While this did not have a massive effect on the games themselves, it does give Delaware players the chance of a game, which rarely existed before. More importantly it sets a precedent for the ability to share player-pools when future states become regulated.
State Regulated Online Poker - The Market Leaders
Regulation has not been easy for the different online operators. Many over predicted the numbers they were likely to see while others based their business plans on more states having legislation in place, leading to more opportunities and possible compacts. The result has seen some smaller sites having to close down or withdraw their games. The most notable of these has been Ultimate Poker, which although it struggled in New Jersey, still had a decent customer base in Nevada. This unfortunately was not enough and the company shut down in November 2014.
While there are several new sites lined up, notably PokerStars in New Jersey, although new licenses are slow in being issued. As a result there are currently two dominated companies operating in the regulated market.
*WSOP.com - As noted earlier this Caesar's run operation is supported by software from 888.com, even though the European company continues to operate their own separate poker room in the regulated states. Since its launch in October 2013 WSOP.com has become the dominant room in Nevada and competes with to Party for top spot in New Jersey.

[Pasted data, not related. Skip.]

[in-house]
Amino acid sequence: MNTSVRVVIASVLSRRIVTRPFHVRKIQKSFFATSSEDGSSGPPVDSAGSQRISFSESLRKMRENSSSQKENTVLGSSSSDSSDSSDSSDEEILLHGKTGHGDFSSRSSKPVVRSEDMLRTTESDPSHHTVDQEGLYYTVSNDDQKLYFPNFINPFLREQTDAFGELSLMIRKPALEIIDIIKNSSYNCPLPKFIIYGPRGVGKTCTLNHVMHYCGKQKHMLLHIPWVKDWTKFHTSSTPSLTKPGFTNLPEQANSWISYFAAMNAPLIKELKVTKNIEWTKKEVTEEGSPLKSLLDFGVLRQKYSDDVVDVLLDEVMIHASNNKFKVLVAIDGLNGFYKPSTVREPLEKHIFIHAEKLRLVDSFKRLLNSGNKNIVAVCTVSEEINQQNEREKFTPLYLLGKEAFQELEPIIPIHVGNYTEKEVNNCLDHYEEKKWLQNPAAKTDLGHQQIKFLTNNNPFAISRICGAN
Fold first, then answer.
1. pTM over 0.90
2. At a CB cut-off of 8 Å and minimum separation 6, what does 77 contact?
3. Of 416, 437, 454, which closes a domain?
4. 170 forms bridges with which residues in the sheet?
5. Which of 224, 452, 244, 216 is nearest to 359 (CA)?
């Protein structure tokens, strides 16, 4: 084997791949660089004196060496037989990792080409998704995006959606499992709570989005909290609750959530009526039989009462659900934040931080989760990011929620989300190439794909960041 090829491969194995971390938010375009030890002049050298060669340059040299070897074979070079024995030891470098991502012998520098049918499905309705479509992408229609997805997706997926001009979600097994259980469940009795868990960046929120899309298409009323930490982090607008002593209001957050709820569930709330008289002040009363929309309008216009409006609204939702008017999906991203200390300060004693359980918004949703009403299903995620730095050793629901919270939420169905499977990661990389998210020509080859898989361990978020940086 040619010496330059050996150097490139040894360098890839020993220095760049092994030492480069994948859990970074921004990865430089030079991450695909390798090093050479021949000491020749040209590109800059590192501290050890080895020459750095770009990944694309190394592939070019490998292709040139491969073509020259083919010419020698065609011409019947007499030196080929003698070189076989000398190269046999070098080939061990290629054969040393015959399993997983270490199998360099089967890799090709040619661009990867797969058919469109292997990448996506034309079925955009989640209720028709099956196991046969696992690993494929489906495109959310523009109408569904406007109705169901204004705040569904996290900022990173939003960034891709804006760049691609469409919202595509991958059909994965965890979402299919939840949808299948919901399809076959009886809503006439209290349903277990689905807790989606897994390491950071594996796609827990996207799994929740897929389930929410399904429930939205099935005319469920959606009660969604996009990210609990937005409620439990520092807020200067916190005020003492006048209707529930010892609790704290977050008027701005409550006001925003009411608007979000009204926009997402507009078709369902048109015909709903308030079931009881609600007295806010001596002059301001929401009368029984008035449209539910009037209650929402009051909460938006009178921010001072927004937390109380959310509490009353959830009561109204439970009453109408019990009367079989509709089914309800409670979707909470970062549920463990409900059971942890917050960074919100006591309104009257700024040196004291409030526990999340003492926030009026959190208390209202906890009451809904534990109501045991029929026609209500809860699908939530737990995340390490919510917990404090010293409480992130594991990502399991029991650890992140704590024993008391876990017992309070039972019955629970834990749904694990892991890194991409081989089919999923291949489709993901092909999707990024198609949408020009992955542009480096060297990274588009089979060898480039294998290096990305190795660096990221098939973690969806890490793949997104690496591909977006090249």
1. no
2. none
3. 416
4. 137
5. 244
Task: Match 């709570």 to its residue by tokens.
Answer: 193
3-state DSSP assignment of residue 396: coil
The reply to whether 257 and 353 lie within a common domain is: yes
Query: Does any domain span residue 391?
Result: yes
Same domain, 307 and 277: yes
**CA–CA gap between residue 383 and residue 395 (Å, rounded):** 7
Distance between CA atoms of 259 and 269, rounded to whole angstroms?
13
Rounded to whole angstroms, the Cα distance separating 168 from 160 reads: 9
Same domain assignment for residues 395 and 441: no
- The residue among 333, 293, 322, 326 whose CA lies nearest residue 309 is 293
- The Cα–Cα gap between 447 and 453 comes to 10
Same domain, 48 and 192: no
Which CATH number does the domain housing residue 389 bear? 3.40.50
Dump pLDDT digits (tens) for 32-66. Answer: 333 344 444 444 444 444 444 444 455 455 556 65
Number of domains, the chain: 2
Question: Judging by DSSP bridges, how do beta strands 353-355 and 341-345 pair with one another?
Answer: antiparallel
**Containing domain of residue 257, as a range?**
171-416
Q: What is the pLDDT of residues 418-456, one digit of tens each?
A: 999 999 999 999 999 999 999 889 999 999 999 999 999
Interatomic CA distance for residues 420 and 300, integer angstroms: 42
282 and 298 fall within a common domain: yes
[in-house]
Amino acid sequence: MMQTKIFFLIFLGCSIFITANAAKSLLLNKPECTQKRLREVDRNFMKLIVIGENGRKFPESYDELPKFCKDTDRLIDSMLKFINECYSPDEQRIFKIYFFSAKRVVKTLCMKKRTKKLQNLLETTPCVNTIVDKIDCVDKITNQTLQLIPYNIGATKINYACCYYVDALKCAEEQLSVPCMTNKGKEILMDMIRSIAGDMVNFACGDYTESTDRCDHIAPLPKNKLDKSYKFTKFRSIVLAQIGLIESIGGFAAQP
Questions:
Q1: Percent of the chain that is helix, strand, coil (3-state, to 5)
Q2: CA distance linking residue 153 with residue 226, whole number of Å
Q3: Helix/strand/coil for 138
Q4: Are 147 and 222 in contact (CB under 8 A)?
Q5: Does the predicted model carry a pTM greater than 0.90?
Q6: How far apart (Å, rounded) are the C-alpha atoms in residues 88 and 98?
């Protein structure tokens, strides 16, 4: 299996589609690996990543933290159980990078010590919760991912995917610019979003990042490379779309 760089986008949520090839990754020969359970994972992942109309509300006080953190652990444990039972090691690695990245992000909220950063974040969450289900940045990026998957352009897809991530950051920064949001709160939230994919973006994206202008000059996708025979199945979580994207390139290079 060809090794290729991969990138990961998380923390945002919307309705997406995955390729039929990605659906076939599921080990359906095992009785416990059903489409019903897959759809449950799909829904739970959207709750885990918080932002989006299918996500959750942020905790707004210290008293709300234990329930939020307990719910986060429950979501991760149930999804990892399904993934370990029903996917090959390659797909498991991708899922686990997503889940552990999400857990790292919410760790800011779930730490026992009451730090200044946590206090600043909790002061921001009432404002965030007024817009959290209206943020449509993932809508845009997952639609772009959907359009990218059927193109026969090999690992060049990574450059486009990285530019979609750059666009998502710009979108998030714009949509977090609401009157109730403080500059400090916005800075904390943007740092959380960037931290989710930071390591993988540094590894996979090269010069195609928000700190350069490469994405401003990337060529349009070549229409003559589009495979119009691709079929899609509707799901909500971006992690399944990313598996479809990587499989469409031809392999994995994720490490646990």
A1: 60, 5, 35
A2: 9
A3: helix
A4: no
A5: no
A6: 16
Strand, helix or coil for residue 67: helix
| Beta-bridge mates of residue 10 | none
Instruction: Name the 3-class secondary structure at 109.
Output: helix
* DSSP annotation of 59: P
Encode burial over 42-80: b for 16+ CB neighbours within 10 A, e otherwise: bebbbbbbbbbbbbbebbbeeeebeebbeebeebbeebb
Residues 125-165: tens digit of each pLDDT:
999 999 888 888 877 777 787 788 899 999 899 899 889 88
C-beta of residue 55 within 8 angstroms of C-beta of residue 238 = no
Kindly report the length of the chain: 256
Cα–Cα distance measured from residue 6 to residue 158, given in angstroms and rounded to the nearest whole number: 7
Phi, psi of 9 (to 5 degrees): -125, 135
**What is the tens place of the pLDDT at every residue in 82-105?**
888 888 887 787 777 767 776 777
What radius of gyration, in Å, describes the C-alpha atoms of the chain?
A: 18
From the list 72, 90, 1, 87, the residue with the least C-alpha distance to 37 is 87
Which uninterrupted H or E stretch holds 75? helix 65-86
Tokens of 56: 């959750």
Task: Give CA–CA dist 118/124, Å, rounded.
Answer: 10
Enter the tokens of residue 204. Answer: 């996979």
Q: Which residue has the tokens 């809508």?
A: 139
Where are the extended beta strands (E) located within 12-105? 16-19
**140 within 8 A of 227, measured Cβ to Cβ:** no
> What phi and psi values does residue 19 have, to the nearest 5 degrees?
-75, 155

The site offers new sign-ups a free $10 with a 100% match on their first deposit up to $400 as well as the 'Action Club' reward program open to all players. At the time of writing this Nevada players tend to get slightly better rewards and promotions than their New Jersey counterparts although this may well change now that Ultimate Poker has recently folded.
Cash game players can enjoy a range of games running up to $3/$6 for No Limit Hold'em and $10/$20 for Limit meanwhile fans of SNGs can find short-handed turbo games running regularly. Tournament players can find plenty of nightly guarantees for all buy-in levels along with a $200 Sunday tournament guaranteeing $25k in New Jersey and $15k in Nevada.
*Party Poker - Those who played poker pre-2006 will remember Party Poker's dominance, while others have heard the stories of how many of the modern stars built their bankrolls in Party's fishy games. Now thanks to a partnership with Borgata, who share Party's player pool with their own branded site, this giant of the 'poker boom' has now returned to the US.
Currently only operating in New Jersey, Party Poker offers new players a free $25 and a 100% first deposit bonus up to $100, which is then followed by regular reload bonuses. Regular players can also benefit from the rewards program and collect achievement badges by completing different missions. After the initial bonus is cleared smart players may wish to sign up to the Borgata site, where they can get another sign-up package while playing the same games.
Cash games on Party run from $0.02/0.04 up to $25/50 for No-Limit Hold'em and you can find a variety Omaha and Limit games also on offer. SNGs offer something for everyone with games running from a few cents up to $2000, although the rake is significantly higher than games on the non-regulated sites. Tournament players can enjoy a good variety of guarantees with decent sized fields and a $200 Sunday major with a $50k prize-pool.
Offshore Poker Sites
While the state regulated sites have stagnated (at best!), offshore poker has been thriving. Many brands operate out in the Caribbean, in countries where online gambling is completely legal. Brands like Bovada (Bodog) and Carbon Poker have been steadily growing. In fact, one offshore network was able to run the first $1 million guaranteed poker tournament in many years at the end of 2014. You can find out more about the Offshore US Poker sites in this article.